Friday, May 22, 2009


Last night, an old friend of mine responded to this video that I'd posted on Facebook:

She wrote,

I'm glad when anyone is happy and healthy, but my non vegan children are also happy, healthy, veggie loving kids who don't live on diets of Happy Meals and white flour. Not letting the child have a cupcake at a one off birthday party seems a little extreme in my book. I think there is a happy medium to be found in most things, and extremes at either end.

I didn't really feel I'd have enough room to respond the way I'd like over on FB, so I am posting my response here, because I'm sure there are others out there who feel just as she does.

First, I do believe that your children are happy and healthy. But I also believe, from the huge number of studies out there, that a plant-based, whole foods diet, is the best one for us. High cholesterol is being found more and more in younger and younger children (another friend of mine has a son who was diagnosed with high cholesterol when he was four) and heart disease and others are diseases that develop over a long period of time. I believe they are diet related. Heart disease, various cancers, diabetes, high blood pressure, etc. have been called "diseases of civilized man." They are highly preventable and many doctors (Dr. Joel Fuhrman, Dr. T. Colin Campbell, and Dr. Neal Barnard are some )believe the best way to do this is through a plant-based, whole foods diet.

As for extreme diets, if one is defining "extreme" as "going to great lengths" or "far from a normally practiced standard," I think there are a few things to consider regarding this matter. One, is that the American diet is culturally and habitually based, rather than being based on health or necessity. Using it as a standard of normal is not one that I want to choose.

In the video, they talk to a little girl (around age 4) who says that she thinks a vegan diet is hard because she sometimes doesn't get to have cookies or cupcakes at a party. While I know that it may be challenging for a 4 year old to see brightly colored, frosted goodies at a party and want them, I think there are a few responses to this:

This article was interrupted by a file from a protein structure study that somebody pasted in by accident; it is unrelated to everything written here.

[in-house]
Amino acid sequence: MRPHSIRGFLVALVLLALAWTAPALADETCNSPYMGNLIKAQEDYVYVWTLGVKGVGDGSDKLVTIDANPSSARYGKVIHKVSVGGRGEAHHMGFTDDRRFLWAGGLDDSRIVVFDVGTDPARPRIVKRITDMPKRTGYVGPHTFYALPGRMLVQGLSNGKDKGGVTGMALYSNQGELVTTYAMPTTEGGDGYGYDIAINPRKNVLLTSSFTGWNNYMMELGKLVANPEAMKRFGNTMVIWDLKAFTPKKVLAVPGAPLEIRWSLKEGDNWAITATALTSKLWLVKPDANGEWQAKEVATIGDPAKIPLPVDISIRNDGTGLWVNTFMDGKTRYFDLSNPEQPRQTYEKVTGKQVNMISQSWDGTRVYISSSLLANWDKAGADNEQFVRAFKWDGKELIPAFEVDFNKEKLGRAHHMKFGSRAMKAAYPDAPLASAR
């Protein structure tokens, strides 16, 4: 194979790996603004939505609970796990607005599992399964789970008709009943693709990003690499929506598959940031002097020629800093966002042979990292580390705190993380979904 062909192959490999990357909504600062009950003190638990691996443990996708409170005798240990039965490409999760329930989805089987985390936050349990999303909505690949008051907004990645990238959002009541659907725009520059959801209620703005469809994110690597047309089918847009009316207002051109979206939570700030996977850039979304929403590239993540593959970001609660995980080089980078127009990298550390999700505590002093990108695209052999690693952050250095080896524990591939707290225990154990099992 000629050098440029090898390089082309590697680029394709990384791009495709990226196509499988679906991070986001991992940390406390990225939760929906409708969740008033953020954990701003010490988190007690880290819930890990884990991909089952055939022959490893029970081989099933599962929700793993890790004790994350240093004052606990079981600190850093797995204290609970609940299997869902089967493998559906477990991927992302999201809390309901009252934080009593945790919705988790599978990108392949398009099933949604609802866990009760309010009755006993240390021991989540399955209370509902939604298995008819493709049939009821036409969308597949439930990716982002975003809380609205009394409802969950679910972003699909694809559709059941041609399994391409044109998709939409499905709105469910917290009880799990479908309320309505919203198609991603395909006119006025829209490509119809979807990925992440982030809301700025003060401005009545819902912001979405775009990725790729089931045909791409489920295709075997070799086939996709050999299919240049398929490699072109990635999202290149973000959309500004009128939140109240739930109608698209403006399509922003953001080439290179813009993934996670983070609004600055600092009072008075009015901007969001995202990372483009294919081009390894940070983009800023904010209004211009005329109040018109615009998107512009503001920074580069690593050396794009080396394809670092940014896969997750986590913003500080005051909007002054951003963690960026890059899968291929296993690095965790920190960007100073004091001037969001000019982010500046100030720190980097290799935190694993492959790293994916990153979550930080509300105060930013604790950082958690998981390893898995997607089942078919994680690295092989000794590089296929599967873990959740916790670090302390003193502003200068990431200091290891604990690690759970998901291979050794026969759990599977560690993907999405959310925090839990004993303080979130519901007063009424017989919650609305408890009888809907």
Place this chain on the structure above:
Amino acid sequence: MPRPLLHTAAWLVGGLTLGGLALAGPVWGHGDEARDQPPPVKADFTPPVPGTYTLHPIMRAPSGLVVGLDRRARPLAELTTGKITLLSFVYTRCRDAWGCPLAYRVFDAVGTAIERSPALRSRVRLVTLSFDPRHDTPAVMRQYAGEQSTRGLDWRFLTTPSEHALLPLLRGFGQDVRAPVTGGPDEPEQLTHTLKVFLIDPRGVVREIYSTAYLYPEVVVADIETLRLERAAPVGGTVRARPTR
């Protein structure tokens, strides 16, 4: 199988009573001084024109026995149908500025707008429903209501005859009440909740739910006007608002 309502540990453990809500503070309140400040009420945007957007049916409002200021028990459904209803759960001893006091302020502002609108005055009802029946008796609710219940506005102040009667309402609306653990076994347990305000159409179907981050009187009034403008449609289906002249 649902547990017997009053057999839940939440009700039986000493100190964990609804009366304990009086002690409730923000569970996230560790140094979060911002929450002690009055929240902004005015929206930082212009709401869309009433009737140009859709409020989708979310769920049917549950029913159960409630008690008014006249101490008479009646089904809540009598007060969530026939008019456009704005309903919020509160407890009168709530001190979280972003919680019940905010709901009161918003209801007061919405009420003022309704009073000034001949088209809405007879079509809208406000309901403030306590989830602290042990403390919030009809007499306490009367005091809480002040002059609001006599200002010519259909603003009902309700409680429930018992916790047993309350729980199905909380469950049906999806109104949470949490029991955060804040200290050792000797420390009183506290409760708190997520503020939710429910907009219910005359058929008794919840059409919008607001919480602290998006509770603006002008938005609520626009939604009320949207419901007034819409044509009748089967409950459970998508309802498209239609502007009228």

1) The parents have the responsibility, same as the parent who brings the cupcakes for the celebration in the first place, to provide a vegan alternative. There is absolutely NO reason for that child to feel left out, because there are amazing baked goods and other treats available to vegans. I make a number of these snacks myself for my family and friends and regularly get asked for recipes, including some awesome cupcakes! :)

2) There are plenty of other people, for various reasons, who also cannot or do not, eat all the food this particular culture uses for its celebrations. For health or allergy reasons, there are those who avoid all sorts of things and have dairy-free, peanut-free, shellfish-free, gluten-free, tomato-free, etc. diets. There are others, such as Orthodox Jews or Hindus, who, like vegans, avoid certain foods by choice. I wonder if all of these people are considered extreme?

If, on the other hand, we are thinking of word, "extreme" to mean, "existing in a very high degree," then I would consider a meat-based diet to be extreme in regard to risk. There are the health risks inherent in consuming animals that are not only dietary, but also sanitary. The conditions of the slaughterhouses are to be considered. The sanitary habits of the low-wage, slaughterhouse workers ought to be considered as well.

Then there are the preparations necessary for cooking the meat to be sure that it has been cooked well enough to destroy the various bacterias that live in animals, ie. salmonella, e. coli, mad cow, influenza, and many, many others (have a listen to the latest Vegetarian Food For Thought Podcast in my sidebar for further and fascinating information). Then, of course, while one shoud be careful not to under-cook meat, one also should not over-cook the meat, because then carcinogens are know to form.

Finally, I guess I would like to say, that yes, I have an agenda. That agenda is one for promoting the best diet I believe is available to everyone as well as the most compassionate to everyone, human and non-human as well. When I share this information here on my blog, on Facebook, or with my family and friends, it is not meant to insult or judge anyone, but instead inform. I do this because I care about the health of family and friends and because I feel deeply about the unnessecary pain and suffering of the animals that occurs daily on a global basis. It seems illogical to me that the diet that is the best for our bodies, for the environment, and for all life, should be seen as something less desirable, lacking in flavor or nutrition (consider, for a moment, that we use primarily plant food to flavor all our dishes, including meat ), or extreme in any way.

So, I will continue to share here and there from time to time and I hope that we can continue to engage in discussions as friends regarding these issues that seem to ignite such passion.
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